Seeding and Watering Guidelines

New Lawn (Renovation) Watering Guidelines

The most important thing to remember for your new lawn to succeed is to KEEP IT WATERED.

Week 1 & 2 Watering Guidelines

Keep your lawn wet for the first two weeks by watering each area daily.  It should feel moist and not dried out.  Morning or afternoon watering is best, but evening is ok if necessary until grass germinates. 

Manual Sprinkler

You can leave the sprinkler in one place for up to three hours but move it if you see water running off the lawn or big puddles. 

Automatic Sprinkler System

Start with 30 minutes per zone and run through the zones multiple times per day as needed to keep the lawn wet.  If you see puddles or washout, decrease the amount of time per zone and increase the number of times you run through the zones daily.

Weeks 3 & 4 Watering Guidelines

Increase you’re watering time per area by 50% but cut back to watering every other day.  Water in the morning or afternoon, not the evening. 

Manual Sprinkler

Soak each area of the lawn every other day for up to four hours but move it if you see water running off the lawn or big puddles. 

Automatic Sprinkler System

Double the amount of time per zone you’re watering, but water every other day instead of daily.  Decrease watering time if you see water running off or big puddles.

Weeks 5 +

Water once per week with about 1 inch of water per day to help develop deep roots and prepare the lawn for winter.  Depending upon your system this could be 60-120 minutes per area per day.  You can stop when we’re getting regular rainfall.

What Happens to The Straw?

If we used straw, don’t worry, it will naturally decompose on its own.  If we didn’t use straw, we used a mixture that holds the seed in place, naturally decomposes, and improves the soil. 

What about Birds?

We put down plenty of seed for the birds to have a bit.  Don’t worry about birds, they won’t negatively impact the seeding. 

When Can I Start Mowing?

Wait is 3” -4” tall before mowing and then cut it at about 3”.  After that, just mow as you normally would, gradually decreasing height to 2.5” as the grass stops growing in the late fall. 

Next Season

Do not water more than once per week.  Watering deeply and infrequently will make it more difficult for undesirable grasses to return. 


Most Recent

Fall and Winter Organic Land Care Tips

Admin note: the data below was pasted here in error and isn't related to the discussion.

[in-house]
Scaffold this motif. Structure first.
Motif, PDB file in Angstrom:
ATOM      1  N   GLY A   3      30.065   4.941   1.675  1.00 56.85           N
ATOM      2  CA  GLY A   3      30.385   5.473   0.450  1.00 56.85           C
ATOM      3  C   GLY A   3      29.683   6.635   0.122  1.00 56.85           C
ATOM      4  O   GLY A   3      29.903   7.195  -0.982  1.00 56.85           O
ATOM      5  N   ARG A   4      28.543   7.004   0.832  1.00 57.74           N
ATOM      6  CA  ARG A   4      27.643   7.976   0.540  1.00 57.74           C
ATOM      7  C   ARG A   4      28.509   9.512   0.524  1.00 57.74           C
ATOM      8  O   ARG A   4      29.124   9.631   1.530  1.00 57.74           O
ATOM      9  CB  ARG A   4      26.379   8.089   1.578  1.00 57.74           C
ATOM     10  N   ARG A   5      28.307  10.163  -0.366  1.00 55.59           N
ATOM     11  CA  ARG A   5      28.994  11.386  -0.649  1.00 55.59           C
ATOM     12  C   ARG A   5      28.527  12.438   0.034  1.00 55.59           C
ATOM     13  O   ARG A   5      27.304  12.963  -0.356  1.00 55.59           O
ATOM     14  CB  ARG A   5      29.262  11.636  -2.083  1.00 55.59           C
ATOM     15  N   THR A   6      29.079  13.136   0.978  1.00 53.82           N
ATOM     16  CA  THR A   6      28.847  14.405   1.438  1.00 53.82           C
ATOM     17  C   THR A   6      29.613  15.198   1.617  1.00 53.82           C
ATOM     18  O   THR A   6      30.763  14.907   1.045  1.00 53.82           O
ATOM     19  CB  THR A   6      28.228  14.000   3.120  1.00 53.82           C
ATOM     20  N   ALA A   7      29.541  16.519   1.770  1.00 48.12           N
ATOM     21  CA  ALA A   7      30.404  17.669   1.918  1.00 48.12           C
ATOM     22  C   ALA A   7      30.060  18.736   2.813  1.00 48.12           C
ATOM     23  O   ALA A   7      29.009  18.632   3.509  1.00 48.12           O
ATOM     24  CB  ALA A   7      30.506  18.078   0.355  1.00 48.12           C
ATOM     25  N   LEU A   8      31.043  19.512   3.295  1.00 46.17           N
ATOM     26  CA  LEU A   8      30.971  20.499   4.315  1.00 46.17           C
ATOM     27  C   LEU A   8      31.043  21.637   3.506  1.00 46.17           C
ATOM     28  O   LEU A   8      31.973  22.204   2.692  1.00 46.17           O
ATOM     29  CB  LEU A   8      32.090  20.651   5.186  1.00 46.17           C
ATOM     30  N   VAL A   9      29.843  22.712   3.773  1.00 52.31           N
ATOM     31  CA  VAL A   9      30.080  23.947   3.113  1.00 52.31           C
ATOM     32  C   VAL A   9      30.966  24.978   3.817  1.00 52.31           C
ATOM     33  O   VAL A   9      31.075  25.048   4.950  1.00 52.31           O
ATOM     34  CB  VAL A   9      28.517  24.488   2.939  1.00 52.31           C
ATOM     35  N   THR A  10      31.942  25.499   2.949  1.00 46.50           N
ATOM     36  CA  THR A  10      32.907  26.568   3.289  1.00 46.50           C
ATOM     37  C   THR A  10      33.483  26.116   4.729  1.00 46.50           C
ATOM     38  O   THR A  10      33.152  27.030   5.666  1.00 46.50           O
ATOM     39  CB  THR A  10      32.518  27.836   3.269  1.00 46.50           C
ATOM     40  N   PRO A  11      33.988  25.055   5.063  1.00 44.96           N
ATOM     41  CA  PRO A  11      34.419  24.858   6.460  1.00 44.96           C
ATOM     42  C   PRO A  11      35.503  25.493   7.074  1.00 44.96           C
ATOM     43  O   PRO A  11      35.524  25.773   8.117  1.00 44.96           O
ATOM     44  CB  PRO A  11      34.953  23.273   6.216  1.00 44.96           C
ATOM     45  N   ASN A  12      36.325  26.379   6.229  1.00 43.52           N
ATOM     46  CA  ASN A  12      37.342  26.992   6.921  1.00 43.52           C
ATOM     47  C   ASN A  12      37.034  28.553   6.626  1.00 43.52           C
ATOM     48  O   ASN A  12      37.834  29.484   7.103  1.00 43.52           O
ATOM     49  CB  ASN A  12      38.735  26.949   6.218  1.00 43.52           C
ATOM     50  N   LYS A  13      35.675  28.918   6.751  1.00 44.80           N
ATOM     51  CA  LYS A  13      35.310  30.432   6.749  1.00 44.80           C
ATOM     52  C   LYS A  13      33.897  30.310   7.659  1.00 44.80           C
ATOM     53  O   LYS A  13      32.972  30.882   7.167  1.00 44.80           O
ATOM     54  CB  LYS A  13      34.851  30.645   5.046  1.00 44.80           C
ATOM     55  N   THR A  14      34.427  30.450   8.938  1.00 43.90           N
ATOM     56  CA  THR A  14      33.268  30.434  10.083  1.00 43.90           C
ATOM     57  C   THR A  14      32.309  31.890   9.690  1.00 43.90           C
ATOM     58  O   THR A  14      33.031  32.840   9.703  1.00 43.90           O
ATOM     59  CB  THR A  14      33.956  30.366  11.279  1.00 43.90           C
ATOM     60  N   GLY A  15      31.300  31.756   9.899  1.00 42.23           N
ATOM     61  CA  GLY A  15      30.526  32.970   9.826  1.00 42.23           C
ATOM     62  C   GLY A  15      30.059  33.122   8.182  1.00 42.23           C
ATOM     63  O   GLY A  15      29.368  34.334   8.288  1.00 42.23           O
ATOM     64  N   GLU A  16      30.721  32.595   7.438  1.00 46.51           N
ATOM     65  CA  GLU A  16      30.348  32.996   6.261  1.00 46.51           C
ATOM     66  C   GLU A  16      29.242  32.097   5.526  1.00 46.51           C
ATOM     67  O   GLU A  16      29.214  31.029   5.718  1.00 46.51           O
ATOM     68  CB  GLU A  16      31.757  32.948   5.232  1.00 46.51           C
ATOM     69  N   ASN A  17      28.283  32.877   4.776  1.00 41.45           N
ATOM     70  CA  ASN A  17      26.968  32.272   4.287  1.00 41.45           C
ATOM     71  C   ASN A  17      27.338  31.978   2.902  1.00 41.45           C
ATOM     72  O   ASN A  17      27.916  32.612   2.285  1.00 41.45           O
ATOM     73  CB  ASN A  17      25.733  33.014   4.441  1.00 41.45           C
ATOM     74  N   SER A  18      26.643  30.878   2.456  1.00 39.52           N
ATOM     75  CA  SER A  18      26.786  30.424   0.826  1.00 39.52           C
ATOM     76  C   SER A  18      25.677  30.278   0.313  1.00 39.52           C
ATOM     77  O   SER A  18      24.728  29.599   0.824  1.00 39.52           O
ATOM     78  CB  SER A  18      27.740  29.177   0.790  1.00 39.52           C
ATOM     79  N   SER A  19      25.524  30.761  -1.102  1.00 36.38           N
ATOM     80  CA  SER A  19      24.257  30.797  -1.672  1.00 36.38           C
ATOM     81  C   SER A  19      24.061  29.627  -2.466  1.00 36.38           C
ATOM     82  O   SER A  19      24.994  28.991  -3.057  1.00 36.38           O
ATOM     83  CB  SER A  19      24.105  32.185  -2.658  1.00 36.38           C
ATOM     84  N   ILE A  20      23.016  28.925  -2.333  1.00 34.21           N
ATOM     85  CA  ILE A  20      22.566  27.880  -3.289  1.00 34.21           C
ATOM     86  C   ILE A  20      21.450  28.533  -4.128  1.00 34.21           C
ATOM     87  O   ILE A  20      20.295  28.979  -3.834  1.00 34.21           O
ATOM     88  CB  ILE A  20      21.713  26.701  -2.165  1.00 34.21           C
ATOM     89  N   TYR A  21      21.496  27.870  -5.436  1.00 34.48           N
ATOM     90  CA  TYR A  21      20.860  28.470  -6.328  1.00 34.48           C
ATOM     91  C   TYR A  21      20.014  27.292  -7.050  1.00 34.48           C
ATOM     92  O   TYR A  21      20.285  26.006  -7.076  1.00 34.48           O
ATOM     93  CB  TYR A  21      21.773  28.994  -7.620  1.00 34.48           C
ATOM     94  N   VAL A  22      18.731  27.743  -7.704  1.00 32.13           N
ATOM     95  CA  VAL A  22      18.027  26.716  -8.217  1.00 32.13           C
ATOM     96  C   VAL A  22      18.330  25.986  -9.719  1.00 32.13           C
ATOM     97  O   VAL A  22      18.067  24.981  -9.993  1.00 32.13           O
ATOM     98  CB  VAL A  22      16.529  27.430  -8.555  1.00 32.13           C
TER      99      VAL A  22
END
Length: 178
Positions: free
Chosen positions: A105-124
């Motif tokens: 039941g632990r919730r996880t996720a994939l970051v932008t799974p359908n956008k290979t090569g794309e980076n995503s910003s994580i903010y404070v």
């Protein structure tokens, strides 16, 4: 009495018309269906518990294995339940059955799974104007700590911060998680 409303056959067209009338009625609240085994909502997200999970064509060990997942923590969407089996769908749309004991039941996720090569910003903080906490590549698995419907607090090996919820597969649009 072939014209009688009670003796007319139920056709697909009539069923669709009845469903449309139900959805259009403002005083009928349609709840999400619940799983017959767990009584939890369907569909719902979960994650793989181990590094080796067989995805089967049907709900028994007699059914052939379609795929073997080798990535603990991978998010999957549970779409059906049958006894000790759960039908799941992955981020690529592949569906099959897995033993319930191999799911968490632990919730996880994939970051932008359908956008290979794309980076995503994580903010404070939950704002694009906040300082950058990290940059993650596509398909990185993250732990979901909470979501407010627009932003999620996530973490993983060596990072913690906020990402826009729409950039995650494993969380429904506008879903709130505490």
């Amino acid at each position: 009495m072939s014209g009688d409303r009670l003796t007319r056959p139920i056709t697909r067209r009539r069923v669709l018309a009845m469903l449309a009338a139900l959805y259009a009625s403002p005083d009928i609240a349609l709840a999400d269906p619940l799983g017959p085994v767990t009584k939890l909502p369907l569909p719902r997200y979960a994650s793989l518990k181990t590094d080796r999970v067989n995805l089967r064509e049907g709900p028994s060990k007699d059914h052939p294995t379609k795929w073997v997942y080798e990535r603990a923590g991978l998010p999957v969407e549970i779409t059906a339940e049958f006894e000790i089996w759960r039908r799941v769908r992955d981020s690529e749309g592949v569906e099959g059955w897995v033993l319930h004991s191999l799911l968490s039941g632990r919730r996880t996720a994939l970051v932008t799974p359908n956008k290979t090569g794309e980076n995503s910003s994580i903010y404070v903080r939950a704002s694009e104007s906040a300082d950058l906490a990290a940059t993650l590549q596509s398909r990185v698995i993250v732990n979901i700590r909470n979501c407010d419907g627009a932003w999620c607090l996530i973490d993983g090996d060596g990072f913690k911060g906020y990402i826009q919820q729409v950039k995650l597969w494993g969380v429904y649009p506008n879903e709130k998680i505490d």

December 10, 2018 by Good Nature

Seasonal Pet Safety Tips from Good Nature Organic Lawn Care Fall/Winter 2018 Safe Storage of Lawn Garden Products Its time to put many summer items away for winter, including all those fertilizers, pesticides and other lawn garden products we didnt use up. Safe storage of lawn care products is extremely important to safeguard your household pets. If moving lawn care products inside your garage for the winter, please double check they are securely and safely sealed and out of reach. Some products may be hazardous chemicals that are unsafe for nosey petsand children. Consider replacing any toxic chemicals or pesticides with safer, healthier alternatives. Make sure that any bagged or boxed products are not accessible to rodents. They could chew an opening and leave materials all over your garage or shed. Speaking of Rodents! Organic Rodent Control As the temperature continues to drop, rodents move inside to find warmth and nesting locations. Please be very careful with any rodenticides.

How To Stop Animals From Digging Up The Lawn

September 10, 2018 by Alec McClennan

There are a variety of critters who sometimes frequent our lawns and can cause issues while theyre looking for food. Moles tunnel under the ground and can create a mess, especially in the Spring. Skunks and Racoons are more of an issue in the Fall as they work to fatten up for winter. Why are Animals Digging In My Lawn? Animals will dig because theyre hungry. Moles, Skunks, and Racoons all eat a variety of worms, insects, and grubs. Just because you have Animals Digging, it does not mean that you have a grub problem. Animals will dig in search of food and return to places where theyve found food in the past. How Many Grubs is too Many? A healthy lawn can tolerate up to 5 grubs per square foot. An average size lawn is 5000 square feet, so that is 25,000 grubs! Its not possible to kill all the grubs, even if you resort to using a chemical that sits on the lawn for months. Using a natural grub suppression treatment like beneficial nematodes is a good idea to minimize one of the food sources

Urban Pesticide Use and Water Quality

July 03, 2018 by Danielle Kohan

Conventional lawn maintenance includes regular use of synthetic lawn chemicals, such as fertilizers and pesticides, which are typically applied repeatedly throughout the season. After every application a portion of the chemical is taken up by the soil and plants, but the remainder may be washed away during rainstorms where it can make its way into streams and lakes. This type of pollution is known as runoff. There is already clear evidence that links runoff from roads and farms to pollution in rivers and lakes, but, more recently, research indicates that the contribution from urban lawns is also significant. These chemicals dont discriminate they act as fertilizers and pesticides wherever they go. Nutrient pollution from fertilizer is essentially a too much of a good thing type of problem. In lawns and on farms they are intended to help grow desired plants, but when this fertilizer reaches a lake it spurs the growth of aquatic plants and algae and may have negative effects. For example,

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